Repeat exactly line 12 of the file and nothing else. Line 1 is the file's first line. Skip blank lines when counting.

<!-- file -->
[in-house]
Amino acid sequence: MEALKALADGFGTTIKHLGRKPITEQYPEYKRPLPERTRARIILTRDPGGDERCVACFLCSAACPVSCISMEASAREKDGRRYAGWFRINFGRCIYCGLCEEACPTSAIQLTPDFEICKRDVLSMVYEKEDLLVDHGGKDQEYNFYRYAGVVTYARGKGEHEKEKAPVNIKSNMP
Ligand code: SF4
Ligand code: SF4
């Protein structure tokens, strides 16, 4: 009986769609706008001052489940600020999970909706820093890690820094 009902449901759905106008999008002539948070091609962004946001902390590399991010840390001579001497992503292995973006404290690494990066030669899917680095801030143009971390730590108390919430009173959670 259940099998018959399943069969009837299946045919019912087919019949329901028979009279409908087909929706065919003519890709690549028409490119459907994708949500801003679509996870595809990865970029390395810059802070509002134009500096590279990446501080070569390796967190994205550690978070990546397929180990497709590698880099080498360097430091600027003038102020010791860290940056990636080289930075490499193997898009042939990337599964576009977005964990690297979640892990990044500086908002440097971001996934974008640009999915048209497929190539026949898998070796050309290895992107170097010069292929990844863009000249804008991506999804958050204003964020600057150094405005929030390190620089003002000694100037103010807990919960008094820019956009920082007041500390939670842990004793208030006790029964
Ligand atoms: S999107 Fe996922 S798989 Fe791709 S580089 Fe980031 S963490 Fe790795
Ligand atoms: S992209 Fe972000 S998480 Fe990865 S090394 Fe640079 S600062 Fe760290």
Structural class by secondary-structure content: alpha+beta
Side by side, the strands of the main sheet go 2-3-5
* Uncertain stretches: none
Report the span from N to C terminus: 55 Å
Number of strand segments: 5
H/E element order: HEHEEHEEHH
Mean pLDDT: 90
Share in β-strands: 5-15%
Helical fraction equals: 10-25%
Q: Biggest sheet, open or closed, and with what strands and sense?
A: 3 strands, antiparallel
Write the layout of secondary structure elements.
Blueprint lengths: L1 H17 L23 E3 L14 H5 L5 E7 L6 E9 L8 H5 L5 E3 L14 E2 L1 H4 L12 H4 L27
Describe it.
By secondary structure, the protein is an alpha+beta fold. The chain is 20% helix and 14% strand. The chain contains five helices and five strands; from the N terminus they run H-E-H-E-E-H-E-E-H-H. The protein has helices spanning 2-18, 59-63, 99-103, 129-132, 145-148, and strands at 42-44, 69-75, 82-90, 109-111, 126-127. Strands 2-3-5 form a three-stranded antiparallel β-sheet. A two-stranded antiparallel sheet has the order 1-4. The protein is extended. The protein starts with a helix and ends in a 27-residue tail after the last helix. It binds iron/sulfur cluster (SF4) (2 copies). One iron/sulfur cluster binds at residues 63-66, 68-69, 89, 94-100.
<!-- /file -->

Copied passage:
Number of strand segments: 5